Since Russia invaded Ukraine in February of 2022, the world has had to grapple with how to react to such a significant show of force that hasn’t been seen in decades.
While some areas of the world continue to import energy commodities from Russia, others have placed heavy sanctions on the country to deter the Russian government from advancing its plans to take over Ukraine.
This war on Ukraine and the sanctions put in place because of it have impacted the world in ways that are still unfolding day by day.
As the EU (including the United Kingdom), once a key power in the geopolitical sphere, struggles to keep energy costs affordable and resources accessible, the rest of the world is feeling the impact.
Let’s dive deeper into how the world has responded to these tumultuous times and how that is impacting people all over the globe.
EXPLAINING THE EUROPEAN ENERGY CRISIS
How has Europe ended up in its current situation?
In “normal” times, Europe’s energy costs about 2% of the GDP. However, it has now reached about 12% of the GDP! This is almost entirely due to Russia’s invasion of Ukraine but was also exacerbated by summer heatwaves and droughts.
Until 2021, the EU imported 40% of its natural gas and a sizable amount of oil and coal from Russia. With sanctions now in place and more that will be effective later this year and early 2023, the EU is struggling to maintain enough resources for its citizens and is falling victim to high energy costs due to inflation.
These high energy costs mean that those living in the EU have to consider if they’ll be able to heat their homes this winter and if their economy will survive. With more and more European industries scaling back operations or just shutting down completely, Europe will likely experience a deep recession in the next couple of years.
HOW DOES THIS IMPACT THE GEOPOLITICAL SPHERE?
Since 2008, it can be said that the geopolitical atmosphere has been influenced by four main powers: The United States, European Union, Russia, and China. However, economic shifts over the years, compounded by Russia’s war on Ukraine, are changing each of these powers’ influence.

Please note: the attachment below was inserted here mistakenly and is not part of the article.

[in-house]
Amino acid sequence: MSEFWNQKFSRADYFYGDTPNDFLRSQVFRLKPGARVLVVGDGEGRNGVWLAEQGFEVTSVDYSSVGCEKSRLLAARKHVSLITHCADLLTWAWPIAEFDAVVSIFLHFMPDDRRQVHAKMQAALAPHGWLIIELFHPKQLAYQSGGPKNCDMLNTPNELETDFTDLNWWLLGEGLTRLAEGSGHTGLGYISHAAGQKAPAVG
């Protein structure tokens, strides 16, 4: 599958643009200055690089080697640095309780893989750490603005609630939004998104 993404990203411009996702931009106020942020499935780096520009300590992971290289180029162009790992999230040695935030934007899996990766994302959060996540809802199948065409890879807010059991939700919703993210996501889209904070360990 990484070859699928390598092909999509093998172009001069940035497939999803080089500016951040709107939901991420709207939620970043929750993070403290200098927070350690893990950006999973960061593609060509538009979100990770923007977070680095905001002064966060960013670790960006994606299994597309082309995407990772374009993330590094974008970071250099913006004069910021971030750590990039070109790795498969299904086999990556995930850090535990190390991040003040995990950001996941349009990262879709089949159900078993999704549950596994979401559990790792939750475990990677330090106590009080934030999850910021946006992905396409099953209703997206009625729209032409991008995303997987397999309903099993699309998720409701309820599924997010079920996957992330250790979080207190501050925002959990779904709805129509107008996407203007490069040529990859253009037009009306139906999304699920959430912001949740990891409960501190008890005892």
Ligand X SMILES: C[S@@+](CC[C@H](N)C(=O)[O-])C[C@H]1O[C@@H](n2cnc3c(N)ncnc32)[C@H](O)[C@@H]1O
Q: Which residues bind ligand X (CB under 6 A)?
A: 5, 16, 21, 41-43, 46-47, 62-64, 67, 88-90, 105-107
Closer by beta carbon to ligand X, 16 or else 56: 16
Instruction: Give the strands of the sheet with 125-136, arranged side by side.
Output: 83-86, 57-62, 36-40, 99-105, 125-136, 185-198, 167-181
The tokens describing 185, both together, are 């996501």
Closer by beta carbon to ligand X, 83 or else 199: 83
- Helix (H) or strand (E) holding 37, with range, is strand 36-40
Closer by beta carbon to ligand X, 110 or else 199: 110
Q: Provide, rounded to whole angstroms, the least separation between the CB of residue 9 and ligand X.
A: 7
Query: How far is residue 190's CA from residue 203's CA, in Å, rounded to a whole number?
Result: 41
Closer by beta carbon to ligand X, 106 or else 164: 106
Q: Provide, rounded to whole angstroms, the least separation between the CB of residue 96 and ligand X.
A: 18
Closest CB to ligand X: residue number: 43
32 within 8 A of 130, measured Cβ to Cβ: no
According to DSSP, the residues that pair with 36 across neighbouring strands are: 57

In 2009, the EU’s share of global GDP was higher than those of the U.S. and China. However, as the U.S. and especially Chinese economies bounced back relatively successfully from the 2008 recession, Europe’s economy has been slow to uptake, making its share of global GDP the lowest out of the three.
That being said, Russia’s spot as a world power may be in even more jeopardy than the EU’s.
While it’s true that Russia is still taking in significant revenues from exporting oil and gas to Asia, its economy is still likely to decline even after the conflict with Ukraine ends. This is because the rest of Russia’s economy is struggling, and the western sanctions will only cripple its energy sector more.
Russia could continue selling to Asia, but most of Russia’s pipelines and energy infrastructure are built for European exports. Pivoting those operations east would be difficult and extremely costly. This would mean that any investment in new infrastructure Russia would need to export more oil and gas to China would be dictated by Beijing’s financial terms, effectively pushing Russia into a more junior role.
This will leave the United States and China as the world’s leading superpowers, but with Europe sidelined from world affairs, U.S. interests will be put at risk.
CONSEQUENCES OF EUROPE STOCKPILING FUEL
While Norway used to export nearly 60% of its oil to Asia, it has now almost all but stopped, and America has begun reallocating more natural gas and oil exports to the EU rather than countries like South Korea, Asia’s largest importer of American crude, who saw shipments from North American producers decline by 9.9%.
With winter looming in the distance, the EU has begun stockpiling natural gas, oil, and coal to offset any adverse weather. While these actions will negatively impact many countries and economies, the Europeans outbidding customers for more fuel, causing prices around the world to surge, will affect low-income energy importers the most.
South Asia, Africa, and Latin America, which are already struggling with food shortages and high prices for what is available, will be hard hit.
WHAT DOES THE FUTURE HOLD?
Ultimately, the futures of the EU geopolitical sphere and other countries that have traditionally relied on the global import and export of Russian fuel are dependent on many factors that will be influenced by the Russian and Ukraine conflict, inflation, and the world’s major superpowers’ ability to maintain a semblance of market stability during these times of political and financial unrest.
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